In addition to the standard qshell shell interface, we provide a kernel capable of running through Jupyter that hooks into the qshell client. The command structure and syntax is the same as qshell, so it is recommended you read that for more information about that.


In order to run iqshell, you must have ipykernel and jupyter_console. You can install the dependencies when you are installing qtile by running:

$ pip install qtile[ipython]

Otherwise, you can just install these two packages separately, either through PyPI or through your distribution package manager.

Installing and Running the Kernel

Once you have the required dependencies, you can run the kernel right away by running:

$ python -m libqtile.interactive.iqshell_kernel

However, this will merely spawn a kernel instance, you will have to run a separate frontend that connects to this kernel.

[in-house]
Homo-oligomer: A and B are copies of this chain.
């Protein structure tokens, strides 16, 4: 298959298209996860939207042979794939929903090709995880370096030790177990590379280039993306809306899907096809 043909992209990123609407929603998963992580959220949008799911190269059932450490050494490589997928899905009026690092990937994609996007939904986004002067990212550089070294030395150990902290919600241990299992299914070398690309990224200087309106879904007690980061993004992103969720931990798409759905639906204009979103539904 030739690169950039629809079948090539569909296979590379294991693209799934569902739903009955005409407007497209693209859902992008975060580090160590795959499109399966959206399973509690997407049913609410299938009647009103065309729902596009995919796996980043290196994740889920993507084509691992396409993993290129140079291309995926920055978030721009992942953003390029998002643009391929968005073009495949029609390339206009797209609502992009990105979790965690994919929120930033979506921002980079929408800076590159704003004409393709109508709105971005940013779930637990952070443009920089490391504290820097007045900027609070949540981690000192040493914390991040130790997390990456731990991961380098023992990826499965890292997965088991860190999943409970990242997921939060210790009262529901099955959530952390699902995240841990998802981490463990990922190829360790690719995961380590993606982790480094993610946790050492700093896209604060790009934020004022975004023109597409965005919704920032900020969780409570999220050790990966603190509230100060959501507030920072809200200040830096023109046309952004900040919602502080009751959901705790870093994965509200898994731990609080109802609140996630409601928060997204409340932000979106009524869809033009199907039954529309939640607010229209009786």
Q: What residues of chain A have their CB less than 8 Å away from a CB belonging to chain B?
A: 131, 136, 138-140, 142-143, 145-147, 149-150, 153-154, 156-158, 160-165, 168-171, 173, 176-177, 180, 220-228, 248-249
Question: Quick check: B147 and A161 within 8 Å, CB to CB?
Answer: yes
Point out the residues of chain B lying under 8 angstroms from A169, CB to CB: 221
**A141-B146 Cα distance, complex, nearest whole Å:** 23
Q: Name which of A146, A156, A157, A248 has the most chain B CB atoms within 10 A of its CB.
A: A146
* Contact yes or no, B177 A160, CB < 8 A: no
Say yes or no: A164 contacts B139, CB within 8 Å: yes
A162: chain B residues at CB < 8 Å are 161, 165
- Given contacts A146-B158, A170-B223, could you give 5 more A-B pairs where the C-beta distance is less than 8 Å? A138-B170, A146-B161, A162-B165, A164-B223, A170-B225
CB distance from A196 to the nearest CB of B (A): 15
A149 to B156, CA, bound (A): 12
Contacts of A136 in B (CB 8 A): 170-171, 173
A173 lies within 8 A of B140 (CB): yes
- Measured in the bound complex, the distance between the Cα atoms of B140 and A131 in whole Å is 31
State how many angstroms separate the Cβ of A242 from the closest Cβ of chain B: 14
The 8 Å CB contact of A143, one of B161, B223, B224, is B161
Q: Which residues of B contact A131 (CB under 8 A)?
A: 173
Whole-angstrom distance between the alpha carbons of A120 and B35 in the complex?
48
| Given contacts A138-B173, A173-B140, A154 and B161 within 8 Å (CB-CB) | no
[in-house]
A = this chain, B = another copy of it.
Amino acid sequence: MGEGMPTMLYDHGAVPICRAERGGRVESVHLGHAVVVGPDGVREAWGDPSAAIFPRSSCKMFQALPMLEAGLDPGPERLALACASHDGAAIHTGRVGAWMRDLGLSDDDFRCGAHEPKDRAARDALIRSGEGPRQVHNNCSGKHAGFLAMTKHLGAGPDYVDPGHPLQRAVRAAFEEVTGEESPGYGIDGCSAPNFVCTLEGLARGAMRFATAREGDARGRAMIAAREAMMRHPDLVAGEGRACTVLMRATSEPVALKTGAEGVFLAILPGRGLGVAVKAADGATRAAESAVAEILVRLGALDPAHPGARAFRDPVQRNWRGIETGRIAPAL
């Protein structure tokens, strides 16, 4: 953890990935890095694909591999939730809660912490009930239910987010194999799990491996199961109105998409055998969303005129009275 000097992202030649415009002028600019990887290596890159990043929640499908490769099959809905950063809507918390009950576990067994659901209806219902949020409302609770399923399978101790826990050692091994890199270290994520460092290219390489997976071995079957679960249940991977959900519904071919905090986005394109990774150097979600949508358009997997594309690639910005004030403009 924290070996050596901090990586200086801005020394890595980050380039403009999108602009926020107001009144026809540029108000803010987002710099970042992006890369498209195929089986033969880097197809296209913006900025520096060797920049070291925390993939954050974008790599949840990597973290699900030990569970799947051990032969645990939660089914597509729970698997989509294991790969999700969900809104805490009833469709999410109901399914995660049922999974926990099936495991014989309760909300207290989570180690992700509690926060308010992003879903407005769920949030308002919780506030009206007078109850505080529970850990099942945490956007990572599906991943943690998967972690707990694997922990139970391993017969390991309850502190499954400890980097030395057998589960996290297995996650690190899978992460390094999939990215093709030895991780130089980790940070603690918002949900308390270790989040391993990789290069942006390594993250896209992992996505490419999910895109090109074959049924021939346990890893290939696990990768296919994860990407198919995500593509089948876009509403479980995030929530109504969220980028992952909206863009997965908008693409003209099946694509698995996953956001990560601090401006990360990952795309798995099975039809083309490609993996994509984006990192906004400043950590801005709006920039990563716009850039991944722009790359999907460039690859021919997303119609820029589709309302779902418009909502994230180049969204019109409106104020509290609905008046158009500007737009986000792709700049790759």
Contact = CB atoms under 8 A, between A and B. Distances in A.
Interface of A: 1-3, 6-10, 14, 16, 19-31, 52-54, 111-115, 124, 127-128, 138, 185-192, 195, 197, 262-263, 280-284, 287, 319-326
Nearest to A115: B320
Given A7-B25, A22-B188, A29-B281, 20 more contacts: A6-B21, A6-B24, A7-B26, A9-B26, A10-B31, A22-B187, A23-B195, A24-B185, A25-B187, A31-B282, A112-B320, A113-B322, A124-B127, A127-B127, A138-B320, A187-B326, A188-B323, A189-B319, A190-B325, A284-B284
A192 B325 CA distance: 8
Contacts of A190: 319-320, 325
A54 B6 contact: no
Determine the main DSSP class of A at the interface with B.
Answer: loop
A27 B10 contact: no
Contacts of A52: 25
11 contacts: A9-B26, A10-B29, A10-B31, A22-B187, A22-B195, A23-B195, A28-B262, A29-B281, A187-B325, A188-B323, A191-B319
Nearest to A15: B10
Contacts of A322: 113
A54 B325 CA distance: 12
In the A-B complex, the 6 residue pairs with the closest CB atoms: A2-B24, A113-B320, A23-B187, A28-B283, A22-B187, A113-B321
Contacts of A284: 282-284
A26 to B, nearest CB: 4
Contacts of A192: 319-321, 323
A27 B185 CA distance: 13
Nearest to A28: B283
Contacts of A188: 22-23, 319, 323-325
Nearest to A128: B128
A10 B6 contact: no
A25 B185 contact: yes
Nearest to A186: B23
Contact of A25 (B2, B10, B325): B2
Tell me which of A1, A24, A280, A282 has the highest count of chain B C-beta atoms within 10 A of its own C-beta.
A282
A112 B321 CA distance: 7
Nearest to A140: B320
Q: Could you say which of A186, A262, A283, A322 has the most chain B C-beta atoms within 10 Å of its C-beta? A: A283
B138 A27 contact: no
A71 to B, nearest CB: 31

A more convenient way to run the kernel is by registering the kernel with Jupyter. To register the kernel itself, run:

$ python -m libqtile.interactive.iqshell_install

If you run this as a non-root user, or pass the --user flag, this will install to the user Jupyter kernel directory. You can now invoke the kernel directly when starting a Jupyter frontend, for example:

$ jupyter console --kernel qshell

The iqshell script will launch a Jupyter terminal console with the qshell kernel.

iqshell vs qshell

One of the main drawbacks of running through a Jupyter kernel is the frontend has no way to query the current node of the kernel, and as such, there is no way to set a custom prompt. In order to query your current node, you can call pwd.

This, however, enables many of the benefits of running in a Jupyter frontend, including being able to save, run, and re-run code cells in frontends such as the Jupyter notebook.

The Jupyter kernel also enables more advanced help, text completion, and introspection capabilities (however, these are currently not implemented at a level much beyond what is available in the standard qshell).